Commenting ahead of the debate, Brake’s chief executive, Mary Williams OBE, said: “On the first day of National Road Safety Week, it is no coincidence that this important debate is happening in Parliament, and no surprise that the petition that preceded it has had so many signatures.
“There are an estimated 100 or more cases of hit and runs every day across the UK; and those that result in deaths or serious injuries cause untold heartache to families, and also to the emergency services who can’t get there in time to provide vital emergency care and save lives.
“People are dying in agony due to the selfish behaviour of lawless drivers who flee the scene of crashes. Penalties for such appalling behaviour should be tough, making it clear to all drivers involved in crashes that it is vital to stay, call the emergency services, and help as much as possible. This will send the message to society that road deaths matter as much as homicides and terrorism, and lives can be saved by swift action.
“Road Safety Week is about celebrating the work of road safety heroes. Ryan Saltern’s family, and other victim families, are heroes for speaking up for road justice. Our emergency services are heroes for policing and saving lives on roads. The Government is being heroic by re-considering its road safety strategy and undertaking road safety measures such as funding cycle paths and the National Road Victim Service. Government is saying it is exploring options regarding justice in hit and runs.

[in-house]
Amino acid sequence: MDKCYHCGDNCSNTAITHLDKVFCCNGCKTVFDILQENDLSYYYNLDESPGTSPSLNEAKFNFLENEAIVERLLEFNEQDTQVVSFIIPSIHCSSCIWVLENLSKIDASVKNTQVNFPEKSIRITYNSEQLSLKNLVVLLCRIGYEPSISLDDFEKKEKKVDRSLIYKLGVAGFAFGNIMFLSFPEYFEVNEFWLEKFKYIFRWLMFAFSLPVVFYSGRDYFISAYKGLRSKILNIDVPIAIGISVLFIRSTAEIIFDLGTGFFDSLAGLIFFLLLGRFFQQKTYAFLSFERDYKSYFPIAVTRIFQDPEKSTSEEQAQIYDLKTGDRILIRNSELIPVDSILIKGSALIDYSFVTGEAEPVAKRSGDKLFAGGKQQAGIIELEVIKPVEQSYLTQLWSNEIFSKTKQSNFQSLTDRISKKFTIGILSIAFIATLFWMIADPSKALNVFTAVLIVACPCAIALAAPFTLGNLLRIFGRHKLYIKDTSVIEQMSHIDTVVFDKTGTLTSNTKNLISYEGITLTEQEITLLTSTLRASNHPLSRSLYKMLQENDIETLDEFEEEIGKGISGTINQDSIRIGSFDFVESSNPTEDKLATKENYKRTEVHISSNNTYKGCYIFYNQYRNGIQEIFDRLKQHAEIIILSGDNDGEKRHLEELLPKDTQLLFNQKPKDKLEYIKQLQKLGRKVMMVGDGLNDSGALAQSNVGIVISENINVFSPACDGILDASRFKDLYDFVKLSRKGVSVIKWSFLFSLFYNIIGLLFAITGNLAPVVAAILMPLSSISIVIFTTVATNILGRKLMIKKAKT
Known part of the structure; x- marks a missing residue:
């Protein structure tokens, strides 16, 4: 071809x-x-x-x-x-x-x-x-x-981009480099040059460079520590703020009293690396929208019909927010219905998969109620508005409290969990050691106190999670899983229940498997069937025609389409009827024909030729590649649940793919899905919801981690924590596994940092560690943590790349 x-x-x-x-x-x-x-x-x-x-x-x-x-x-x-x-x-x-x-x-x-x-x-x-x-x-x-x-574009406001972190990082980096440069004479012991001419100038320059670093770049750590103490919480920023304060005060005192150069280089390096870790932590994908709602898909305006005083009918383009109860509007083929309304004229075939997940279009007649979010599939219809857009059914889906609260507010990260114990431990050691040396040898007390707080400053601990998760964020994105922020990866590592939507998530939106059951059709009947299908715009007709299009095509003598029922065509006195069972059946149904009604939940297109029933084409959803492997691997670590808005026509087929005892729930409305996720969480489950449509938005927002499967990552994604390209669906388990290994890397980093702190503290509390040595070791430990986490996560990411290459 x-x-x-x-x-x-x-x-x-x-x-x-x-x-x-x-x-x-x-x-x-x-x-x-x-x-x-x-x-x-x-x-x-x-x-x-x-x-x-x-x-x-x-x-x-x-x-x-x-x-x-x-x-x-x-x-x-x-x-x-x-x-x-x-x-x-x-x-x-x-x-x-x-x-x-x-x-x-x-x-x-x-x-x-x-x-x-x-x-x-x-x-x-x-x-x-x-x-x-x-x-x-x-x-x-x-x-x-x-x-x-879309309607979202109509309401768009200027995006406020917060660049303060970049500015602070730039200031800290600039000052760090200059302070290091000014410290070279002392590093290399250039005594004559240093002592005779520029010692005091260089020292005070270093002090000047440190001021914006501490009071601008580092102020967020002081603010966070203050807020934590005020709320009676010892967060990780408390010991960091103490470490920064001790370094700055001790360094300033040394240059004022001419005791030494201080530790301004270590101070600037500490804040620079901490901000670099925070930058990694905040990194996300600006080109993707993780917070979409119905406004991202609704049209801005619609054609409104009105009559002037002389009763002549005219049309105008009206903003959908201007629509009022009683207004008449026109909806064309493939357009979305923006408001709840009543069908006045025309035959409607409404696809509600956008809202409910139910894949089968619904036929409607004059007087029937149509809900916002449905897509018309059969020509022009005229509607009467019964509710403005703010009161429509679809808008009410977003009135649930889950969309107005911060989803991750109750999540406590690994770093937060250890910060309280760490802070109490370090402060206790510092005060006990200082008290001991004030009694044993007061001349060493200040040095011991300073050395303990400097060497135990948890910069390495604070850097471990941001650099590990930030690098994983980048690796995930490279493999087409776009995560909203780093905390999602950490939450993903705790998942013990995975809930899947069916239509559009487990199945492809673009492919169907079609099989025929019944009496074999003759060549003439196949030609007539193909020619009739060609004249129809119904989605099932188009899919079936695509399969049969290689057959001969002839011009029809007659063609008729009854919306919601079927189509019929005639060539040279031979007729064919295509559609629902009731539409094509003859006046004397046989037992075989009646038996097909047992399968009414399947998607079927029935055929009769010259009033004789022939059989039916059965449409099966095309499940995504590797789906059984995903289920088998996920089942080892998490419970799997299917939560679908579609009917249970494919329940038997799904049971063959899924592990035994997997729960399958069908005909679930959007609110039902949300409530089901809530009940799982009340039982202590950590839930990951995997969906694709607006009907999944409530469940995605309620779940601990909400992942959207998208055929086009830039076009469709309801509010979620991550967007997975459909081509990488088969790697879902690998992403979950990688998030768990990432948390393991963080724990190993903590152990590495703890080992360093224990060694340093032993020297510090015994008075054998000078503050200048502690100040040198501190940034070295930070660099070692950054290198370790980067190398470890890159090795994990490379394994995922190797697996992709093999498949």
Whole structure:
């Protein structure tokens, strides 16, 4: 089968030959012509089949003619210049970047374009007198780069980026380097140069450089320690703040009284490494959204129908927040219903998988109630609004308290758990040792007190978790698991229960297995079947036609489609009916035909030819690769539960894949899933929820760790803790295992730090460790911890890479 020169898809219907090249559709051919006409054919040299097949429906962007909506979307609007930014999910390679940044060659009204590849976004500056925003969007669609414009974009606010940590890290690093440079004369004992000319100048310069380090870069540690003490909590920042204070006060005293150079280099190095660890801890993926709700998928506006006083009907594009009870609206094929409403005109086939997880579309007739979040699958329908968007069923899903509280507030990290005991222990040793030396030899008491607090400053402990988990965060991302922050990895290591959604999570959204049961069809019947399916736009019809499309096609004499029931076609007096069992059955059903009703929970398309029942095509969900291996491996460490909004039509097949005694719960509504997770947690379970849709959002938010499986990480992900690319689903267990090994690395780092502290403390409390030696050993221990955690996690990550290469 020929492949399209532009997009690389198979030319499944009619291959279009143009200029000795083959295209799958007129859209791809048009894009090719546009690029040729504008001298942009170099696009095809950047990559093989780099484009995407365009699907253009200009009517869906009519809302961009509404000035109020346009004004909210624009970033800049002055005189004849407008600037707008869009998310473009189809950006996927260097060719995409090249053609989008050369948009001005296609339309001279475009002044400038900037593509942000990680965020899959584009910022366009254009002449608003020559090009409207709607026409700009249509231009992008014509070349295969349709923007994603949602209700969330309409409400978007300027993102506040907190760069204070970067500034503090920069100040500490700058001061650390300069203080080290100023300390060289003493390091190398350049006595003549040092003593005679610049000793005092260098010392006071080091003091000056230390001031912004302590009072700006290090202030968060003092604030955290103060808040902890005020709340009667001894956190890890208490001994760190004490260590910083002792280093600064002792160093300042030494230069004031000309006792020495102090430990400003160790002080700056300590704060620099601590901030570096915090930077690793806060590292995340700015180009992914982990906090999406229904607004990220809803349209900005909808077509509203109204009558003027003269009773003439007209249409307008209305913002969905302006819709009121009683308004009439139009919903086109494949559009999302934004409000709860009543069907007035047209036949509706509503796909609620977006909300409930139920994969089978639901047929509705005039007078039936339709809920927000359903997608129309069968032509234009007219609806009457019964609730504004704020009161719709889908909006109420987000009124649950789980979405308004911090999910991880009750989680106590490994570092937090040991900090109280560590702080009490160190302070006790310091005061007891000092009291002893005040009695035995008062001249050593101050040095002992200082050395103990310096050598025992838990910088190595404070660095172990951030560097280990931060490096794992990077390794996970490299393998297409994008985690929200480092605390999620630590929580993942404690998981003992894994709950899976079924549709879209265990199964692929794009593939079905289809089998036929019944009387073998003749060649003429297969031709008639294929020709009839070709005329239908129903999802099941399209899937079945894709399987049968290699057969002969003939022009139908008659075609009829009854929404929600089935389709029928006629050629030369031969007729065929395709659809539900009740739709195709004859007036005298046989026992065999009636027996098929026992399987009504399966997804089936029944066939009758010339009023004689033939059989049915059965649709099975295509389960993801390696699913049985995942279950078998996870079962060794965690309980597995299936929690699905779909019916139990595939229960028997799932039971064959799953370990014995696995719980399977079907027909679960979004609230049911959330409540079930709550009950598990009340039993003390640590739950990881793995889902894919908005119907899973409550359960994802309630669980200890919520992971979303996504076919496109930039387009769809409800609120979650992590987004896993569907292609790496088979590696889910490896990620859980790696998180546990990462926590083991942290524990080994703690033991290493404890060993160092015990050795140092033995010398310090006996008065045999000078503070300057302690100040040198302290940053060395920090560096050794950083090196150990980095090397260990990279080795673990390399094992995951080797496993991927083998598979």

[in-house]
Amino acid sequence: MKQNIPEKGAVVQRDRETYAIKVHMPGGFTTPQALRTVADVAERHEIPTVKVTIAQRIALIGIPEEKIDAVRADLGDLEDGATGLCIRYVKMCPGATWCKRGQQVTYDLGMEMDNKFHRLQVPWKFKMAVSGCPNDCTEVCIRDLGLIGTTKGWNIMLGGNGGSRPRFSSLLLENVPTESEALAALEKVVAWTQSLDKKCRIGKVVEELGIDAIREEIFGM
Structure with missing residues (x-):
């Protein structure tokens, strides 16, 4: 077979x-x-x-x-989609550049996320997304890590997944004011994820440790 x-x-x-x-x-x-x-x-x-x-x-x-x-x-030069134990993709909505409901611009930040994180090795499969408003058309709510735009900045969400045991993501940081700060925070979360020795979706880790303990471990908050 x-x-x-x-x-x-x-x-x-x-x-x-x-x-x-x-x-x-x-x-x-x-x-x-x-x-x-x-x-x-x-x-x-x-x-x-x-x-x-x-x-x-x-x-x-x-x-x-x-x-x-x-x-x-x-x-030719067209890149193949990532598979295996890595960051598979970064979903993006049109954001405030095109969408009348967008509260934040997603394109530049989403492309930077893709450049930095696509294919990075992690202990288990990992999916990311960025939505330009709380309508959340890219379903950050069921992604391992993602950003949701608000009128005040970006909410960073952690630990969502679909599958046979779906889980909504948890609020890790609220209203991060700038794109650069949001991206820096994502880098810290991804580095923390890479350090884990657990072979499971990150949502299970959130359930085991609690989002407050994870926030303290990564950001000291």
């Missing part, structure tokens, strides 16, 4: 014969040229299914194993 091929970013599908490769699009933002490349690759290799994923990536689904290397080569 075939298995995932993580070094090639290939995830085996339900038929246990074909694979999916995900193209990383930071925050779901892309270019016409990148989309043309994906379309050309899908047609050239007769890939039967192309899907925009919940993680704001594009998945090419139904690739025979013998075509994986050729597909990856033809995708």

“In line with the recommendation in the Safe Roads for All report this summer, submitted by Brake and other road safety experts to the Department for Transport, Government has an opportunity to review road traffic laws and sentencing guidelines and their impact on victim families and close loopholes like this one that re-traumatise families who expect justice, and don’t get it.”
The Highway Code contains advice about what to do to help at the scene of a crash including:
- if there’s no response, open the casualty’s airway by placing your fingers under their chin and lifting it forward.
- if there is bleeding and no imbedded object, applying padding and pressure to stem the flow.